technical member needed
A renewed appeal to the Auckland Transport Board to include a chartered engineer in the delegation it pioposes to send overseas to investitransport system has made by the Professional Engitifv«T S Association. A large expendiPubhc money is involved, the engineers stress the importance of the fullest possible investigatl°n being made by experts. tsl< r traffic aspects can be nanaled by clerical men ably assisted by an engineer, we say without fear of contradiction from those qualified to speak that the aspects of suitabilViLj Plant, economy of purchase, ana considerations of maintenance and. operation, cannot be dealt with by anyone other than an engineer," declares the association. "A team comprising both engineering and clerical officers, even if it were to find that prices overseas were too high for them to recommend immediate purchase, would make a report of considerably greater value than any of the clerical officers can submit. If the representation is increased as suggested, the additional cost will be very small as compared with the total outlay involved, and the advantages will be great." Heavy Expenditure Involved Many hundreds of thousands of pounds, will have to be spent in implementing the Transport Board's comprehensive transportation plan, states the association. It points out that the acquisition of 50 trolley buses will cost at least £150,000 almost immediately. Plans for this heavy expenditure, the association says, are being advanced without any one of the board's admittedly competent engineers having seen either what is to be purchased or any comparative transportation equipment in America or England. The association asks the board whether its engineer-manager made the proposal not to dispatch an engineer with the two clerical men, and, if he did not, what were his recommendations? "Our association would be failing in its public duty if it did not sound a loud note of warning at the board's unusuai and unbusiness-like procedure," the association says. "This toncerns everyone because public funds are involved, and unless the proper transport plant is purchased the people of Auckland will have to pay heavily for any mistakes made." Safeguard Community Interests The Transport Board is reminded by the association that to safeguard community interests public bodies are now required by law to obtain a qualified engineer's guidance when spending public money. The association says that the board, by not giving its engineers the same -.opportunity of examining modern transport systems as certain of its clerical men are to receive, and also by stating that the purchase of this engineering plant is to be based on the advice of clerical men, is violating the spirit of-the Engineers' Registration Act. Unless the board sends an engineer it may have to face up later to accepting or rejecting a report by nonengineering officers, continues the association. No responsible board consisting of laymen would be justified in having confidence in such a report, as it could be easily based on arguments of high-pressure salesmen who represented price rings or monopolies. The fallacies of these arguments would not be evident to clerical men due to 'their inability to appreciate the engineering considerations involved.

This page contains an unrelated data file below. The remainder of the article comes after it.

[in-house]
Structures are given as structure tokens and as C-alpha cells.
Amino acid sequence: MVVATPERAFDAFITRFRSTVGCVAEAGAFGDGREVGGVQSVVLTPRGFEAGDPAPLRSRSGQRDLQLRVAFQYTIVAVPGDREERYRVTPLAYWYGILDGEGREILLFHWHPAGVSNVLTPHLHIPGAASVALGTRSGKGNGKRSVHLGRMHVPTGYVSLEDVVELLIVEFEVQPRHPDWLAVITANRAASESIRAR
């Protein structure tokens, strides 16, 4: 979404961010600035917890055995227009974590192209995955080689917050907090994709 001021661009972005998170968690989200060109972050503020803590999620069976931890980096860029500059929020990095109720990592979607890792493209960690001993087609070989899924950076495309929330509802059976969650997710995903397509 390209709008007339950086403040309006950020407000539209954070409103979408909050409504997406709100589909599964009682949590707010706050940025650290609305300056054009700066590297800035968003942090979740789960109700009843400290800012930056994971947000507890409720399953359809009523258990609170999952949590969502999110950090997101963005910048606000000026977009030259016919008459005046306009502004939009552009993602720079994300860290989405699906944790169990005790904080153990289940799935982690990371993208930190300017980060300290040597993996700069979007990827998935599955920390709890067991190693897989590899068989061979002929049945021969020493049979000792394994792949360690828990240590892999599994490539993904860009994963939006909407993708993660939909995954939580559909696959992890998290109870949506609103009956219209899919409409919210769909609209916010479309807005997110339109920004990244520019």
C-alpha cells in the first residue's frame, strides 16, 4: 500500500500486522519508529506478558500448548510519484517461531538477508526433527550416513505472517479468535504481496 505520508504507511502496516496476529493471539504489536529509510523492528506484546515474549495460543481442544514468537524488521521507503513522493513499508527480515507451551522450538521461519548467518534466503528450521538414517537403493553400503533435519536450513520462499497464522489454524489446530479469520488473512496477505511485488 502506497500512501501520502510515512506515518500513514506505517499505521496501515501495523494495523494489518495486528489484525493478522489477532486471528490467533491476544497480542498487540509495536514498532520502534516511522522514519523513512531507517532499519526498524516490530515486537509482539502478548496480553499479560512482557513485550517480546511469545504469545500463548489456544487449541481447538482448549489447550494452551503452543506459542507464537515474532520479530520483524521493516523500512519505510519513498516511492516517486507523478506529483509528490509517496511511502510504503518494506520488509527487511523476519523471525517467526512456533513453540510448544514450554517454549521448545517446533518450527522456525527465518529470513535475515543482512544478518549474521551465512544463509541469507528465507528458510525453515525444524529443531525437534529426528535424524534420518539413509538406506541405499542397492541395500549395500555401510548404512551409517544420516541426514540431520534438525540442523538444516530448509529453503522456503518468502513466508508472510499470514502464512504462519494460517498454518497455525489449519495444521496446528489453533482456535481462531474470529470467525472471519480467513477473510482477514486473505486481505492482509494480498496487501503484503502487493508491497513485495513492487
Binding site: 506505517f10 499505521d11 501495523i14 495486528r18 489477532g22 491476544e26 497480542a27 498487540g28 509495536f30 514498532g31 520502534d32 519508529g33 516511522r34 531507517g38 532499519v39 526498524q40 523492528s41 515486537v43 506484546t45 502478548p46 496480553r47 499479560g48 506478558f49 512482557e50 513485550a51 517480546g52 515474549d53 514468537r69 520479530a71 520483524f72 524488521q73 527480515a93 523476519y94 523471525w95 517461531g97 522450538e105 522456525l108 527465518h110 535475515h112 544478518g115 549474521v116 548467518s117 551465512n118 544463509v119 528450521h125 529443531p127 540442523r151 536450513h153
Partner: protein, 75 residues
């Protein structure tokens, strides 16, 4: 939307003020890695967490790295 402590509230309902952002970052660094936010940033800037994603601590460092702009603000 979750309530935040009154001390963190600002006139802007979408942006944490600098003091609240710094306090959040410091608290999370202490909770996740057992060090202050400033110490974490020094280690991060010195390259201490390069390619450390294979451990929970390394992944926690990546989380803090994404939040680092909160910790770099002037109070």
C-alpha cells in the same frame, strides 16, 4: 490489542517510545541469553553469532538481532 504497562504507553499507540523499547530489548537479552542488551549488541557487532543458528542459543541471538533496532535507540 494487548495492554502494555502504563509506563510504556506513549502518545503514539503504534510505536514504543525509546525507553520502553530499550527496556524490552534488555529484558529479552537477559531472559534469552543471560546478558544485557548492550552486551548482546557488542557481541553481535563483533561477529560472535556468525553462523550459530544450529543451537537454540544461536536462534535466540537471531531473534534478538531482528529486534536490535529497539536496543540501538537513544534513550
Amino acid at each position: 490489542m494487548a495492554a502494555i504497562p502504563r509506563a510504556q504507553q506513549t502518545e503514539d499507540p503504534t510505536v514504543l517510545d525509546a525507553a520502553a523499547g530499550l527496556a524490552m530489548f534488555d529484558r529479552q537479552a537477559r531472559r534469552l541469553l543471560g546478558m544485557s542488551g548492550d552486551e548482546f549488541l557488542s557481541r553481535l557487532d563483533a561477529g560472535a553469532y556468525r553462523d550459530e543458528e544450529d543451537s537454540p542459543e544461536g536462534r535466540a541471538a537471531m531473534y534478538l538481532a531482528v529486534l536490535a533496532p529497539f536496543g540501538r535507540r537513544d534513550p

In order that the board's plans for development should be soundly based, the association emphasises that they should have such technical backing as would ensure immediate public confidence and support.
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MISSION ABROAD, Auckland Star, Volume LXXVI, Issue 172, 23 July 1945
MISSION ABROAD Auckland Star, Volume LXXVI, Issue 172, 23 July 1945
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